Re: [PATCH 1/3] sched: add sched_task_call()
From: Peter Zijlstra
Date: Tue Feb 17 2015 - 13:15:54 EST
On Tue, Feb 17, 2015 at 08:12:11AM -0600, Josh Poimboeuf wrote:
> On Tue, Feb 17, 2015 at 10:24:50AM +0100, Peter Zijlstra wrote:
> > So far stack unwinding has basically been a best effort debug output
> > kind of thing, you're wanting to make the integrity of the kernel depend
> > on it.
> > You require an absolute 100% correctness of the stack unwinder -- where
> > today it is; as stated above; a best effort debug output thing.
> > That is a _big_ change.
> True, this does seem to be the first attempt to rely on the correctness
> of the stack walking code.
> > Has this been properly considered; has all the asm of the relevant
> > architectures been audited? Are you planning on maintaining that level
> > of audit for all new patches?
> I agree, the unwinder needs to be 100% correct. Currently we only
> support x86_64. Luckily, in general, stacks are very well defined and
> walking the stack of a sleeping task should be straightforward. I don't
> think it would be too hard to ensure the stack unwinder is right for
> other architectures as we port them.
I would not be too sure about that, the x86 framepointer thing is not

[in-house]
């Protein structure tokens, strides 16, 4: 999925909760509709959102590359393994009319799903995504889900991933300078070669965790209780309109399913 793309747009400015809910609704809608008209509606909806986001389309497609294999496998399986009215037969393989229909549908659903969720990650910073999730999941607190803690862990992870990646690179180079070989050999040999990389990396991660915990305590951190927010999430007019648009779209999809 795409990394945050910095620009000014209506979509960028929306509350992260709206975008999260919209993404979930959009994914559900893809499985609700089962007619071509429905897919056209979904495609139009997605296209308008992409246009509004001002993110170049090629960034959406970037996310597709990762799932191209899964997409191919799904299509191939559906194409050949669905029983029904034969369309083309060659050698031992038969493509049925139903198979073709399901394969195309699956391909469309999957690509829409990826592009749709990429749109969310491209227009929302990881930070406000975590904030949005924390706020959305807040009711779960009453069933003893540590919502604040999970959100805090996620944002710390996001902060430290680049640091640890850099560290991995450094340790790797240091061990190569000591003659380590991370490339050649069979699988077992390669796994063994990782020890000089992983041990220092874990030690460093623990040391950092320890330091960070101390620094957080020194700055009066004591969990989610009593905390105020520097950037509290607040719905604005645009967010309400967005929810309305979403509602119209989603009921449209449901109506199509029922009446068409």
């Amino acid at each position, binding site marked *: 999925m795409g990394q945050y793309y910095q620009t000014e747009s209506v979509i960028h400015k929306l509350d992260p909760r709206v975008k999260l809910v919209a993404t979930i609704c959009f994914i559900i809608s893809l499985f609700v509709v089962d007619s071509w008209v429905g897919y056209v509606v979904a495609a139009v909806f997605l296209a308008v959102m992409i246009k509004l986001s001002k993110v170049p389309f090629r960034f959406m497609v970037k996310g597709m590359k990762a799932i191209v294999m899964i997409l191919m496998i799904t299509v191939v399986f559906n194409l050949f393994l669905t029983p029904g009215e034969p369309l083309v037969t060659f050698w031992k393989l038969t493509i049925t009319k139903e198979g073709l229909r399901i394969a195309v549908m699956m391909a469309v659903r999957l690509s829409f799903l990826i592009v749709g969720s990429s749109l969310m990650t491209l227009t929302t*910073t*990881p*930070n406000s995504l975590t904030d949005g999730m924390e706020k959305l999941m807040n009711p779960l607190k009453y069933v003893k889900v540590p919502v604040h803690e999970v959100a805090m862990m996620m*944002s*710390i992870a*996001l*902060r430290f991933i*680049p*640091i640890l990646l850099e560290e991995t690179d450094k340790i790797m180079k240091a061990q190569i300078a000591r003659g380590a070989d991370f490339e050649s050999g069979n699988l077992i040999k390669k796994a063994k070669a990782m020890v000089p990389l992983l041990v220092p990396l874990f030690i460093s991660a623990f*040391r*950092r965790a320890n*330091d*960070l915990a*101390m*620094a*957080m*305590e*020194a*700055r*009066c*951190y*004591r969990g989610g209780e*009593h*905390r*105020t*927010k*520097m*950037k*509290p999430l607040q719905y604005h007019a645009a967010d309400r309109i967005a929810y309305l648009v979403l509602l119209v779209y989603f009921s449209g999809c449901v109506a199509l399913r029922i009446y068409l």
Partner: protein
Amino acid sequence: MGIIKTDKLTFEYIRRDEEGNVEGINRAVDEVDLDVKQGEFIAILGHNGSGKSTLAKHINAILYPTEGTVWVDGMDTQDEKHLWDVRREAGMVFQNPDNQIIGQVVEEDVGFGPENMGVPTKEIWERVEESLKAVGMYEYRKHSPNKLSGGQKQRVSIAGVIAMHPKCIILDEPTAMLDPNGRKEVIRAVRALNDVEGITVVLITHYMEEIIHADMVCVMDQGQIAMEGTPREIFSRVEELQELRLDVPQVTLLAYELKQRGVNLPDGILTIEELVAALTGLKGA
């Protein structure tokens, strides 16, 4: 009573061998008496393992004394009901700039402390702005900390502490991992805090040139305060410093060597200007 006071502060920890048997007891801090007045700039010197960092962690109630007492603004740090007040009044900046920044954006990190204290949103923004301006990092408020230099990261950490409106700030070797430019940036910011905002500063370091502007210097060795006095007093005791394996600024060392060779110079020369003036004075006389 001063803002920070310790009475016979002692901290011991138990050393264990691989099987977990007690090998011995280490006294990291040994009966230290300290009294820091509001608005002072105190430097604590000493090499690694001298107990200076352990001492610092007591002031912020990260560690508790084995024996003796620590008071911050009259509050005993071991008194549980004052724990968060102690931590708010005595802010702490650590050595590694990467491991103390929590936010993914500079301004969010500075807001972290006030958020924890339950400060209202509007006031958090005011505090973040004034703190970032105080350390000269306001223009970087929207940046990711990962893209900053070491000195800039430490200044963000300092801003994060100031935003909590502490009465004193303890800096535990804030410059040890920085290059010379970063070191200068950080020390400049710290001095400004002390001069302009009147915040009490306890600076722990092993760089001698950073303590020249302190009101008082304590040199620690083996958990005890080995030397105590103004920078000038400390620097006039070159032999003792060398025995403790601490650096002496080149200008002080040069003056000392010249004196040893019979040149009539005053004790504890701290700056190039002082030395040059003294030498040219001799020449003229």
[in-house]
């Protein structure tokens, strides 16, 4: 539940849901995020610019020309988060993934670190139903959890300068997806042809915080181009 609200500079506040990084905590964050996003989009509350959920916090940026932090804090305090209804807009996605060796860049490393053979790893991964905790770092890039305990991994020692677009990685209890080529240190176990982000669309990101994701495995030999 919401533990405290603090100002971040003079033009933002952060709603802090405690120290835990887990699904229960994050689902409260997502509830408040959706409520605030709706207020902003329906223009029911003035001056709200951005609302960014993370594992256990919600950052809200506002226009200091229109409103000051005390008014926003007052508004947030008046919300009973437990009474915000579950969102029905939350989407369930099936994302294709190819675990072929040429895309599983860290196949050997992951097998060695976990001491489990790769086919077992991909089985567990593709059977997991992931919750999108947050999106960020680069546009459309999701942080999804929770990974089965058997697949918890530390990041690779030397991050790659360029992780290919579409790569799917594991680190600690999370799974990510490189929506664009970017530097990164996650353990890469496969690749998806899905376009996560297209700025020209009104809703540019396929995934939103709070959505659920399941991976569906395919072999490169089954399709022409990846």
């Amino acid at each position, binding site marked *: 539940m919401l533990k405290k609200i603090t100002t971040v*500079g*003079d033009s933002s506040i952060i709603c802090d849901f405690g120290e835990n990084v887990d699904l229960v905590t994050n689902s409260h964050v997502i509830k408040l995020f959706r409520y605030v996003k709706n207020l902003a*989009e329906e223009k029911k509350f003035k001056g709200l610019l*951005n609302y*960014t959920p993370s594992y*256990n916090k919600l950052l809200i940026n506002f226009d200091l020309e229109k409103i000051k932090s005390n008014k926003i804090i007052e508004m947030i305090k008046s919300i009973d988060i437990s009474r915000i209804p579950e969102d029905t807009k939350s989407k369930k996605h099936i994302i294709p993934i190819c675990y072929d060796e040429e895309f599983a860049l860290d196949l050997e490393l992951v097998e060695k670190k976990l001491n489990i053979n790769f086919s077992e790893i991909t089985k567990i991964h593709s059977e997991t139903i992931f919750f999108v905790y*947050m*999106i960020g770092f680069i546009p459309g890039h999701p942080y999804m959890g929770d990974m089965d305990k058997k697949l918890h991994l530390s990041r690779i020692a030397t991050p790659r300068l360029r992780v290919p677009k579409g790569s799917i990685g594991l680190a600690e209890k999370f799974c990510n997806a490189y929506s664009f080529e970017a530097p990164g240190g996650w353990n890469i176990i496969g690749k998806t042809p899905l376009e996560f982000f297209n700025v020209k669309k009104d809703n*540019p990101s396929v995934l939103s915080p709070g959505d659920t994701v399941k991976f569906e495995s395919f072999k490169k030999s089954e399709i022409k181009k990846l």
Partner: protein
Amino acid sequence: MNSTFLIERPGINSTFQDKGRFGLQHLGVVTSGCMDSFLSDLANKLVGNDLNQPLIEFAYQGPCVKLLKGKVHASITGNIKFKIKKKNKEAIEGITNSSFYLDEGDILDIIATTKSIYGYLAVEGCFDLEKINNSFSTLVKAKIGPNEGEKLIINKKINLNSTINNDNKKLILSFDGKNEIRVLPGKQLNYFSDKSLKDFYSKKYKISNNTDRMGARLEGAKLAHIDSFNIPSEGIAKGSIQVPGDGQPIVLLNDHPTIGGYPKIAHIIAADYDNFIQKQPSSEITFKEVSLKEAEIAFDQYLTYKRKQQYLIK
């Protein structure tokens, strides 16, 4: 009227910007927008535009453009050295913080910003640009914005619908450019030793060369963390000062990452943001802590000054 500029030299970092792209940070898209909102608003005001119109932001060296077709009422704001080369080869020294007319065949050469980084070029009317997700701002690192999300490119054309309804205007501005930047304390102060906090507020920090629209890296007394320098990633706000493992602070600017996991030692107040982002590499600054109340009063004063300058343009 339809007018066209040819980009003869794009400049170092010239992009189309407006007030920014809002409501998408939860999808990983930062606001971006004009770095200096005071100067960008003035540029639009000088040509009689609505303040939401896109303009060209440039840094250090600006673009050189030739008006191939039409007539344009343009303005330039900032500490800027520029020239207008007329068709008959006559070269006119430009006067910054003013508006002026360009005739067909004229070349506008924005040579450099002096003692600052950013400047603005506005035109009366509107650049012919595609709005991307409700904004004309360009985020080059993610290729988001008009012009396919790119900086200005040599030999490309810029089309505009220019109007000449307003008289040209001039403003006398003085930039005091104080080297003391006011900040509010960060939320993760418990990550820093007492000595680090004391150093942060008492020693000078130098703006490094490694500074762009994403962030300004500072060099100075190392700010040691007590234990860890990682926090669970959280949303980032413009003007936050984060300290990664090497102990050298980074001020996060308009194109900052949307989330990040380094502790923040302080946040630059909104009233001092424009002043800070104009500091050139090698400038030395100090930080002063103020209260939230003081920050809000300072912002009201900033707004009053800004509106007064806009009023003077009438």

universal. IIRC some have to have some form of in-kernel dwarf
And I'm assuming you're hard relying on CONFIG_FRAMEPOINTER here,
because otherwise x86 stacks are a mess too.
So even with CONFIG_FRAMEPOINTER, things like copy_to/from_user, which
are implemented in asm, don't honour that. So if one of those faults and
the fault handler sleeps, you'll miss say your
Then again, those asm functions don't have function trace bits either,
so you can't patch them to begin with I suppose.
Here's to hoping you don't have to..
> > Because the way you propose to do things, we'll end up with silent but
> > deadly fail if the unwinder is less than 100% correct. No way to easily
> > debug that, no warns, just silent corruption.
> That's a good point. There's definitely room for additional error
> checking in the x86 stack walking code. A couple of ideas:
> - make sure it starts from a __schedule() call at the top
> - make sure we actually reach the bottom of the stack
> - make sure each stack frame's return address is immediately after a
> call instruction
> If we hit any of those errors, we can bail out, unregister with ftrace
> and restore the system to its original state.
And then hope you can get a better trace next time around? Or will you
fall-back to an alternative method of patching?
> > Are you really really sure you want to go do this?
> Basically, yes. We've had a lot of conversations about many different
> variations of how to do this over the past year, and this is by far the
> best approach we've come up with.
For some reason I'm thinking jikos is going to disagree with you on that
I'm further thinking we don't actually need 2 (or more) different means
of live patching in the kernel. So you all had better sit down (again)
and come up with something you all agree on.
> FWIW, we've been doing something similar with kpatch and stop_machine()
> over the last 1+ years, and have run into zero problems with that
Could be you've just been lucky...
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